The Reserve Bank of Malawi (RBM) says the foreign exchange market continues to experience supply shortages with the situation being exacerbated by the Covid-19 pandemic.
Speaking during the official opening of the Institute of Chartered Accountants in Malawi (Icam) Annual Lakeshore Conference in Mangochi on Thursday, RBM Governor Wilson Banda said the central bank is committed to maintaining exchange rate flexibility to help absorb external shocks.
He said: “It is disheartening that as we are trying our level best to properly utilise the dwindling resources we have, we see in some other quarters the very same resources are abused at the expense of millions of fellow citizens.
“We cannot maintain the ostrich approach on matters that are affecting us. We have to face the hurdles head on and more especially during these tough times when the resources are even scarce.”
RBM figures show that from June 2020 to October 2020, the local unit has depreciated by 2.2 percent to K759.47 per dollar as of end October 2020 from K743.05 in June 2020.
To limit the impact of the Covid-19 pandemic on the economy, the central bank implemented a number of policies in the financial sector.
On Friday, November 6, the central bank reduced the policy rate—the rate at which commercial banks borrow from the central bank as the lender of last resort—to 12 percent from 13.5 percent to support economic recovery.
In April 2020, the domestic currency Liquidity Reserve Requirement (LRR) was reduced by 125 basis points to 3.75 percent, aligned with the foreign currency LRR, and the Lombard Rate was reduced by 50 percent to 0.2 percentage points above the policy rate.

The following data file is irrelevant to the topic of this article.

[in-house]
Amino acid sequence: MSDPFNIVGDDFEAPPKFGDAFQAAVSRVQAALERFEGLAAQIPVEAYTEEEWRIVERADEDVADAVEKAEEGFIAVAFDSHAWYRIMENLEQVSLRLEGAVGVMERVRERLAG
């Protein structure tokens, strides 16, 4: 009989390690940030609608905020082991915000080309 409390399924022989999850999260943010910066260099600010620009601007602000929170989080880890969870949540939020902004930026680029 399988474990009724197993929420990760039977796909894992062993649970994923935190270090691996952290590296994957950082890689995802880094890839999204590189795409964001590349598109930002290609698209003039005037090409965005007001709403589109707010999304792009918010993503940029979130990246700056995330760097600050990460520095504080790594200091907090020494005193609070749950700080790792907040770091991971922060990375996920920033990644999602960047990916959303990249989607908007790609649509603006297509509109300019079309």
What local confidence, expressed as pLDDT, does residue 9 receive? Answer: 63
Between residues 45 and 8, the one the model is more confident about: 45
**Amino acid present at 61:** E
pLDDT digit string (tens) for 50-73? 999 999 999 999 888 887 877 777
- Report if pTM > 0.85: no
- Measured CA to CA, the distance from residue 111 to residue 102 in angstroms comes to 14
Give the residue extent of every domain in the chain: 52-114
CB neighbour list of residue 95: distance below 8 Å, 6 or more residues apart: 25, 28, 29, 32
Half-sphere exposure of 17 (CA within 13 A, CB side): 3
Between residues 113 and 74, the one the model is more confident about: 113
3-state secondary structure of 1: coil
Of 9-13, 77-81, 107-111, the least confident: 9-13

Banda said financial sector buffers, including banks’ capital and liquidity buffers are expected to counter risks in the banking system with all banks reporting liquidity above the regulatory minimum benchmark.
He said: “The banking industry remained well capitalised with aggregate core capital ratio of 17.6 percent and total capital ratio of 20.6 percent as at end September 2020 above the prudential benchmarks of 10 percent and 15 percent, respectively.”
In his remarks, Icam president Bwighane Mwenelupembe said the reduction in the policy rate and the release of the local currency puts considerable pressure on the exchange rate, particularly during the lean period.
While applauding the central bank for introducing a reference rate system, he said the system means that more liquidity is being released into the market, which results in more borrowing.
Said Mwenelupembe: “This comes at a time government is purchasing fertiliser for the farm input subsidy. As a result, there is pressure on the exchange rate.
“Just at relatively above three months of import cover entails that our reserves can be wiped out easily in case of some shocking aspects that may rattle the economy. To start breathing comfortably, we have to aim at building more reserves and have an import cover of six months and more.”
The three-day conference, held under the theme Prudent Financial Management: Key to Business Resilience in the Midst of Covid-19.